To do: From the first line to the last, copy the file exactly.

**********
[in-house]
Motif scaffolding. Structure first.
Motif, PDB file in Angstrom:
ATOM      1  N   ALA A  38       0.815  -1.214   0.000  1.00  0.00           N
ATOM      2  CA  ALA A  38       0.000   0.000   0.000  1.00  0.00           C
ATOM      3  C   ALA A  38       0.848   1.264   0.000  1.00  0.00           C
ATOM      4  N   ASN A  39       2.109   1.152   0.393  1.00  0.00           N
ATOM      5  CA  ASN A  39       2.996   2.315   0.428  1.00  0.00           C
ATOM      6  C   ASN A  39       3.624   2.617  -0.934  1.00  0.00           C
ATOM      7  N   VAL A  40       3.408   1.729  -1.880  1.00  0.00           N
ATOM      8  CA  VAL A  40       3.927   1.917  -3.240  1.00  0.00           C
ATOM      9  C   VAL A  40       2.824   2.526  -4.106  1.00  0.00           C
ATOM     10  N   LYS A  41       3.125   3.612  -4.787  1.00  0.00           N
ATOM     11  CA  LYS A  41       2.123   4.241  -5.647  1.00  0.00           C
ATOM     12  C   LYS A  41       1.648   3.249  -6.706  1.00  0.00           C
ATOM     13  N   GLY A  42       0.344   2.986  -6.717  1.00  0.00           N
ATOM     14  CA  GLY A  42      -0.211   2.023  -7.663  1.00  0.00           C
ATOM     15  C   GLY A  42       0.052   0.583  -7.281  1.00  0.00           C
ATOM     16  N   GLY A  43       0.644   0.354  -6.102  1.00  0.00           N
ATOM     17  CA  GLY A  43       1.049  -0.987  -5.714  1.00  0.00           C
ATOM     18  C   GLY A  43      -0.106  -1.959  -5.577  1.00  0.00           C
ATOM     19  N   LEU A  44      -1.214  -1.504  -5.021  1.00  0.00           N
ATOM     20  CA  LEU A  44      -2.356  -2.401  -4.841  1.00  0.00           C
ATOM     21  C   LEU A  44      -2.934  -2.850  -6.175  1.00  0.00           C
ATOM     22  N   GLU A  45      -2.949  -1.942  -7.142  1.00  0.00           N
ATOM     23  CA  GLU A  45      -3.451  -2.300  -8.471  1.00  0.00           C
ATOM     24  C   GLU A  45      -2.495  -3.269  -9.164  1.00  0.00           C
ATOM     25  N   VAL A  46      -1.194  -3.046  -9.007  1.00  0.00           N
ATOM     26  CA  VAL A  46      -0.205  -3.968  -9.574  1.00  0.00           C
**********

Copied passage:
[in-house]
Motif scaffolding. Structure first.
Motif, PDB file in Angstrom:
ATOM      1  N   ALA A  38       0.815  -1.214   0.000  1.00  0.00           N
ATOM      2  CA  ALA A  38       0.000   0.000   0.000  1.00  0.00           C
ATOM      3  C   ALA A  38       0.848   1.264   0.000  1.00  0.00           C
ATOM      4  N   ASN A  39       2.109   1.152   0.393  1.00  0.00           N
ATOM      5  CA  ASN A  39       2.996   2.315   0.428  1.00  0.00           C
ATOM      6  C   ASN A  39       3.624   2.617  -0.934  1.00  0.00           C
ATOM      7  N   VAL A  40       3.408   1.729  -1.880  1.00  0.00           N
ATOM      8  CA  VAL A  40       3.927   1.917  -3.240  1.00  0.00           C
ATOM      9  C   VAL A  40       2.824   2.526  -4.106  1.00  0.00           C
ATOM     10  N   LYS A  41       3.125   3.612  -4.787  1.00  0.00           N
ATOM     11  CA  LYS A  41       2.123   4.241  -5.647  1.00  0.00           C
ATOM     12  C   LYS A  41       1.648   3.249  -6.706  1.00  0.00           C
ATOM     13  N   GLY A  42       0.344   2.986  -6.717  1.00  0.00           N
ATOM     14  CA  GLY A  42      -0.211   2.023  -7.663  1.00  0.00           C
ATOM     15  C   GLY A  42       0.052   0.583  -7.281  1.00  0.00           C
ATOM     16  N   GLY A  43       0.644   0.354  -6.102  1.00  0.00           N
ATOM     17  CA  GLY A  43       1.049  -0.987  -5.714  1.00  0.00           C
ATOM     18  C   GLY A  43      -0.106  -1.959  -5.577  1.00  0.00           C
ATOM     19  N   LEU A  44      -1.214  -1.504  -5.021  1.00  0.00           N
ATOM     20  CA  LEU A  44      -2.356  -2.401  -4.841  1.00  0.00           C
ATOM     21  C   LEU A  44      -2.934  -2.850  -6.175  1.00  0.00           C
ATOM     22  N   GLU A  45      -2.949  -1.942  -7.142  1.00  0.00           N
ATOM     23  CA  GLU A  45      -3.451  -2.300  -8.471  1.00  0.00           C
ATOM     24  C   GLU A  45      -2.495  -3.269  -9.164  1.00  0.00           C
ATOM     25  N   VAL A  46      -1.194  -3.046  -9.007  1.00  0.00           N
ATOM     26  CA  VAL A  46      -0.205  -3.968  -9.574  1.00  0.00           C